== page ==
"Shell shock was a horrible thing.  I saw quite a bit of it.  People would lose control of themselves and start shaking.  They would sometimes try to climb out of the trench, and they had to be held down.  They didn't know what they were doing."

                                                                                    British Rifleman Robert Renwick

CHARLES JOHN COWLARD

Charles Cowlard was the son of William and Ann Styles Cowlard.  The 1901 census shows him, aged 18, as having the occupation of milkman and residing with his parents at Model Cottages, Riverhead.  His younger brother, Arthur aged 14 was also in residence.  His sister, Gwendoline Ellen was not shown on the census but had been born in 1884.  Another brother, William had been born in 1881 and, again, was not shown on the census.  All of the Cowlard children were baptised at St Mary's Church, Riverhead.

 

In the 1911 census, only John, of these children, is shown as being at home.  He is aged 28.  Also in the house, which by then was at 18 Sunnybank, Riverhead, was a grandson of Charles' father called William Edmund Thorne who was 6 years of age.  Gwendoline had at some stage married a Harry Arthur Thorne and William Edmund was their son.  For reasons unknown he was staying with his Grandfather on the day of the Census.  Charles, by this time, had the occupation of "Bricklayer Labourer".

 

In the Summer of 1912 Charles married Jessie Botting.  On Christmas Day December 1916 they had a son who was, appropriately, named Noel.

 

Charles enlisted at Tonbridge and joined the Queen's Own (Royal West Kent) Regiment.  His war records do not survive and so little is known about his service.  A small part of his brother Arthur's record survives.  He too enlisted into the RWKR.  Unlike Charles, he survived the war.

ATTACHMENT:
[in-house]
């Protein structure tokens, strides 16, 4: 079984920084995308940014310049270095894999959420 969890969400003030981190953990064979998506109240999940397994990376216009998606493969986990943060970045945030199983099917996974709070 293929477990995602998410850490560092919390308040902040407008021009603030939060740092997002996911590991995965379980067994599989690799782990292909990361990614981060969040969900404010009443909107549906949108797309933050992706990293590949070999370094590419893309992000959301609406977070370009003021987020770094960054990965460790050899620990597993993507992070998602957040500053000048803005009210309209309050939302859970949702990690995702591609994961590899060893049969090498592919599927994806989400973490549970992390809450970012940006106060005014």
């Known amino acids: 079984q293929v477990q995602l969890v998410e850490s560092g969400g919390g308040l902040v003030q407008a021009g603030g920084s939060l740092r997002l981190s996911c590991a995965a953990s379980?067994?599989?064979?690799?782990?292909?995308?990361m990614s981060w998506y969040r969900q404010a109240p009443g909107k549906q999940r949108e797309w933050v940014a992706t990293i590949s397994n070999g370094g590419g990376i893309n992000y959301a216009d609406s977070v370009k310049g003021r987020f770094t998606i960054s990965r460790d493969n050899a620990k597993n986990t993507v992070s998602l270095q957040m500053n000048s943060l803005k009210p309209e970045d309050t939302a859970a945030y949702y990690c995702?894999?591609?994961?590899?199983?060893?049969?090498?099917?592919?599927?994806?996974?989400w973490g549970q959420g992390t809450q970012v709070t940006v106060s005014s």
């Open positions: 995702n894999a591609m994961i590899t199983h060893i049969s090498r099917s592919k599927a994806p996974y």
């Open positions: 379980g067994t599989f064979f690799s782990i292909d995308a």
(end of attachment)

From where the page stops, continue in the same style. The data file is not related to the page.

In October of 1917 Charles would have likely been involved in the battle known as Poelcappelle.

 

 

 

 

 

 

 

He survived this.

 

The Battalion diary reveals that on 1 January 1918 his Battalion was still in Belgium, near Ypres.  On 2nd January 1918 the Battalion relieved the 2/5 Battalion King's Liverpool Regiment who were in reserve at a camp known as "Baboon Camp".  This was on the North East side of the Yser canal at Boesinghe (Boezinge) just North West of Ypres.  To get there they travelled from Woestan (Woesten) to Elverdinghe (Elverdinge) and then on to Boesinghe.  They camped at Baboon camp until 6th January and then at 3pm they moved from their reserve position to the front line to relieve the 7th Battalion the Buffs (East Kent Regiment).  By 8pm the relief was complete.  On 7th January they were "holding the line".

 

The Battalion diary for 8th January reads as follows:

 

        "Under cover of a heavy barrage, Bosche attacked our front line posts, one of which was captured with  

         three of the garrison."

 

It seems likely that Charles was killed during this assault.  A picture of the plaque recording his death appears below.

 

Noel would have just had his first birthday when the telegram announcing his Father's death arrived.  Noel went on to enlist in the armed forces and can be seen arriving into Liverpool on a ship in 1954 and again in 1956 with what appears to be his wife (Phylis N0ra).  It seems he may have been involved in the Suez conflict.  Noel and Phylis were by then living in Bessels Green.  Phylis died in Tonbridge in 1974 and Noel died, in Sevenoaks hospital, in 1975. 

  

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